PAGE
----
The first fifteen minutes of “The Hidden Fortress” (1958) are as accomplished as anything in Akira Kurosawa’s body of work.
In the first shot we meet the peasants Tahei (Minoru Chiaki) and Matashichi (Kamatari Fujiwara) as they limp across a featureless plain, quarreling about which of them stinks the most. After a few minutes, a bloodied samurai suddenly stumbles into view and is quickly slaughtered by warriors on horseback as our friends cower at the edge of the battle. The riders leave as quickly as they came, but they are a reminder of the chaos that defines 16th century Japan, at least as interpreted by Kurosawa.
Tahei and Matashichi are quickly swept up in that chaos, conscripted by a warring clan and forced to dig for gold along with hundreds of fellow sufferers unfortunate enough to be born to a lower caste. But the action moves so rapidly that just one scene later the slaves stage a revolt. Armed only with clubs they face off against a platoon of soldiers wielding forged steel. The battle is epic with masses of human flesh surging up and down stone steps, killing and dying.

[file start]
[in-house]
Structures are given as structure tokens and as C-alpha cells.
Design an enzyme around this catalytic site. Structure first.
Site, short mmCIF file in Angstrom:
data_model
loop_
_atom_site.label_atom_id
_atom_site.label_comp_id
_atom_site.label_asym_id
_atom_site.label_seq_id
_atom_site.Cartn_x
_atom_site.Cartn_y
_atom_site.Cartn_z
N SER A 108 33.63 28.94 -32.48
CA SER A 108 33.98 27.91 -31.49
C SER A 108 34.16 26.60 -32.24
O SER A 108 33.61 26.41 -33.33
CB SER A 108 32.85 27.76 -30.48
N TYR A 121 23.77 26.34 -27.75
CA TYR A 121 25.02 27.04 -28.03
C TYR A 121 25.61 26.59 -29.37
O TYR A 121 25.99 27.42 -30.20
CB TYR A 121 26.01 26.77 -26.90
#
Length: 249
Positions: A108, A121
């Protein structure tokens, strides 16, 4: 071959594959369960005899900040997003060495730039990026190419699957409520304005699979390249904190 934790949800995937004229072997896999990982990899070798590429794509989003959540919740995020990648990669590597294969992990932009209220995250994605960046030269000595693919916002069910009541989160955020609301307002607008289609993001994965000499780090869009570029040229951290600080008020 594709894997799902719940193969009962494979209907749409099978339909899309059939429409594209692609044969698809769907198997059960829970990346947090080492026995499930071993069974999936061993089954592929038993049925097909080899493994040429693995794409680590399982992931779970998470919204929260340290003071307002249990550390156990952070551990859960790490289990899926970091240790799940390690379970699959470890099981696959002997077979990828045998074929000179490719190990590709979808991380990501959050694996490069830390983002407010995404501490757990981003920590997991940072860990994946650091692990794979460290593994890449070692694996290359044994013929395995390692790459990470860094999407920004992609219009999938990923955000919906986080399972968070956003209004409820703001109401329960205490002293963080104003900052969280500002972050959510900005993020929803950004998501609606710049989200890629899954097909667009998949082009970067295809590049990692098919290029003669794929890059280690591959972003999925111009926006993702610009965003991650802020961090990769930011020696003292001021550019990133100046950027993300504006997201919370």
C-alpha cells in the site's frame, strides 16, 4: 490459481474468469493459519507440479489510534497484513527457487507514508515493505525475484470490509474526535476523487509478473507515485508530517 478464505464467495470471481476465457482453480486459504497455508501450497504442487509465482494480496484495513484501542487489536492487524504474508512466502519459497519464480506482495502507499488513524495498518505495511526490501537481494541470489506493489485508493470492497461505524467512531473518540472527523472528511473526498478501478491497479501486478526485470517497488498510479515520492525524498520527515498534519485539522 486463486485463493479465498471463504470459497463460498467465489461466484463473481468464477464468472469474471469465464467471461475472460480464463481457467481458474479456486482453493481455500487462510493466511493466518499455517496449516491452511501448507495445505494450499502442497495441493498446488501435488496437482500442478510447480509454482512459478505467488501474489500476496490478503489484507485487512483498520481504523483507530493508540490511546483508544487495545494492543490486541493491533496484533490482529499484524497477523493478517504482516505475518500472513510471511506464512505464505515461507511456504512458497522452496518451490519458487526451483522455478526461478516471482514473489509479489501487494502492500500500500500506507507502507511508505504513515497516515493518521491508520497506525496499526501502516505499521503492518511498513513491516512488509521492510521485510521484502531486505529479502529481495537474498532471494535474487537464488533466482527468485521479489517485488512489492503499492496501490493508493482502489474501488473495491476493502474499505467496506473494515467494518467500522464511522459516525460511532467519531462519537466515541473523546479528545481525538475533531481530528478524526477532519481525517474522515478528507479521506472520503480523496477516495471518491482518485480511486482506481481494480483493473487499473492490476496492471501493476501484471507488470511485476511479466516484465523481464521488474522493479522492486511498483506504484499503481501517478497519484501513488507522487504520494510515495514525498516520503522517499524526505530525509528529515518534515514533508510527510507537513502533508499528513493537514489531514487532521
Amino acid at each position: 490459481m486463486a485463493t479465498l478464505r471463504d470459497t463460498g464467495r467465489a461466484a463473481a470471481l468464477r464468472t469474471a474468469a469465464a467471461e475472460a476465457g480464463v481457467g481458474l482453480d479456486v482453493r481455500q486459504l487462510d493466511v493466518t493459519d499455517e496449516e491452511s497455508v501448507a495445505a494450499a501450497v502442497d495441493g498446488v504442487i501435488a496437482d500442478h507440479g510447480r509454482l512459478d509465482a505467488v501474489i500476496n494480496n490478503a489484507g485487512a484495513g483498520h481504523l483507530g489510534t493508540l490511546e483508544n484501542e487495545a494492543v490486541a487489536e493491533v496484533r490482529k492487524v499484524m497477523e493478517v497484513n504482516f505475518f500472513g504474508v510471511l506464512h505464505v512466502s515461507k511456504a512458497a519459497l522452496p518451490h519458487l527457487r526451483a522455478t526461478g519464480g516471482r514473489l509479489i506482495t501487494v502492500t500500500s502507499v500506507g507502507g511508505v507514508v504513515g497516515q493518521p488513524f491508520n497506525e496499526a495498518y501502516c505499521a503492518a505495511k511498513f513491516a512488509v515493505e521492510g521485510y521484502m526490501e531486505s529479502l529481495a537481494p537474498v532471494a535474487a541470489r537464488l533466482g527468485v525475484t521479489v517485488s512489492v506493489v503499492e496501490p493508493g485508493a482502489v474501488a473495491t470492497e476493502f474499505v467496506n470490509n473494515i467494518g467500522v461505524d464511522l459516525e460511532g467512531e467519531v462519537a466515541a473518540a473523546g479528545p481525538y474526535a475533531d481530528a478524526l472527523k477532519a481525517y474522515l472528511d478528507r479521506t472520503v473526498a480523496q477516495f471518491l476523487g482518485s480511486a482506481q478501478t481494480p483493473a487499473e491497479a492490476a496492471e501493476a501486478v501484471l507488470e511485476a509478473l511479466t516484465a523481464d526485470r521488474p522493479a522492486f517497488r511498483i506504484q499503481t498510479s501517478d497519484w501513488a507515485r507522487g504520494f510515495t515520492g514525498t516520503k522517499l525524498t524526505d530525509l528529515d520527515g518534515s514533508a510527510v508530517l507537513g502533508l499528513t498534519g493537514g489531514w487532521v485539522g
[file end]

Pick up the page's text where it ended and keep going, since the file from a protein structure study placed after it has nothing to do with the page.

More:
Our heroes (such as they are) are saved by their own cowardice and utter lack of significance. As they huddle helplessly off to the side, the armies pass them by and they are abruptly left alone once again. This first act starts with just these two men, sends hundreds of bodies hurtling through the frame in just a few minutes, and then ends with the same two men continuing their aimless wanderings as if nothing had happened. It’s a comic touch akin to Graham Chapman’s Brian falling off a Judean tower, landing in a space ship that soars into a battle among the stars, then being deposited neatly at the base of the same tower. Lucky bastards.
It’s a heck of a way to open, and the rest of the movie ain’t half-bad either. We haven’t even met Toshiro Mifune yet; his general Rokurota Makabe won’t show up until the twenty-minute mark though he gets a fantastic introduction, sighted dramatically in the distance with his arms folded as he observes the hapless commoners engaged in yet another petty squabble. It’s just one of many instances in which Kurosawa and cinematographer Ichio Yamazaki arrange crucial action in the background.